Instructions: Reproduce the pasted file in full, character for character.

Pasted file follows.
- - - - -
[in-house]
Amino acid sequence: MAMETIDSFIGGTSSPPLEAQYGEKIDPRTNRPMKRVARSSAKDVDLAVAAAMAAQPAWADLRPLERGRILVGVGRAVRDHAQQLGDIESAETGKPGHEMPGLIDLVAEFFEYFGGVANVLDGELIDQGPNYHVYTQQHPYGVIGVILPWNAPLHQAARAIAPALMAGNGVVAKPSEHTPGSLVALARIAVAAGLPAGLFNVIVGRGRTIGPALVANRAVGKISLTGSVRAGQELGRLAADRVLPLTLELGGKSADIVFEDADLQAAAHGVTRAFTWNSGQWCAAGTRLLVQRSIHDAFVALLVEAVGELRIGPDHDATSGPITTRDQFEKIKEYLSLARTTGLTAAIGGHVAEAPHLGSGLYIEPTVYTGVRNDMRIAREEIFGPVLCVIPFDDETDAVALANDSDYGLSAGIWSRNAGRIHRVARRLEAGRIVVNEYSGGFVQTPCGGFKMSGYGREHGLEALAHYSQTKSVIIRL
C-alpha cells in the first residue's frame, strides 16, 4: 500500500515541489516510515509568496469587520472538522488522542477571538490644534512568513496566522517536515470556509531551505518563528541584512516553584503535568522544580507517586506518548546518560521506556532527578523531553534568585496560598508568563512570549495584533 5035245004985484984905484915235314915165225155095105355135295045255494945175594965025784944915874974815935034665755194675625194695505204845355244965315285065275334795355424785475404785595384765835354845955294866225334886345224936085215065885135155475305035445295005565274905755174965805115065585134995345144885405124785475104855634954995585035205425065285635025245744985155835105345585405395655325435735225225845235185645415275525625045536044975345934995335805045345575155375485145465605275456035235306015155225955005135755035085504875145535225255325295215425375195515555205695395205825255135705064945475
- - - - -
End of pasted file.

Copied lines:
[in-house]
Amino acid sequence: MAMETIDSFIGGTSSPPLEAQYGEKIDPRTNRPMKRVARSSAKDVDLAVAAAMAAQPAWADLRPLERGRILVGVGRAVRDHAQQLGDIESAETGKPGHEMPGLIDLVAEFFEYFGGVANVLDGELIDQGPNYHVYTQQHPYGVIGVILPWNAPLHQAARAIAPALMAGNGVVAKPSEHTPGSLVALARIAVAAGLPAGLFNVIVGRGRTIGPALVANRAVGKISLTGSVRAGQELGRLAADRVLPLTLELGGKSADIVFEDADLQAAAHGVTRAFTWNSGQWCAAGTRLLVQRSIHDAFVALLVEAVGELRIGPDHDATSGPITTRDQFEKIKEYLSLARTTGLTAAIGGHVAEAPHLGSGLYIEPTVYTGVRNDMRIAREEIFGPVLCVIPFDDETDAVALANDSDYGLSAGIWSRNAGRIHRVARRLEAGRIVVNEYSGGFVQTPCGGFKMSGYGREHGLEALAHYSQTKSVIIRL
C-alpha cells in the first residue's frame, strides 16, 4: 500500500515541489516510515509568496469587520472538522488522542477571538490644534512568513496566522517536515470556509531551505518563528541584512516553584503535568522544580507517586506518548546518560521506556532527578523531553534568585496560598508568563512570549495584533 5035245004985484984905484915235314915165225155095105355135295045255494945175594965025784944915874974815935034665755194675625194695505204845355244965315285065275334795355424785475404785595384765835354845955294866225334886345224936085215065885135155475305035445295005565274905755174965805115065585134995345144885405124785475104855634954995585035205425065285635025245744985155835105345585405395655325435735225225845235185645415275525625045536044975345934995335805045345575155375485145465605275456035235306015155225955005135755035085504875145535225255325295215425375195515555205695395205825255135705064945475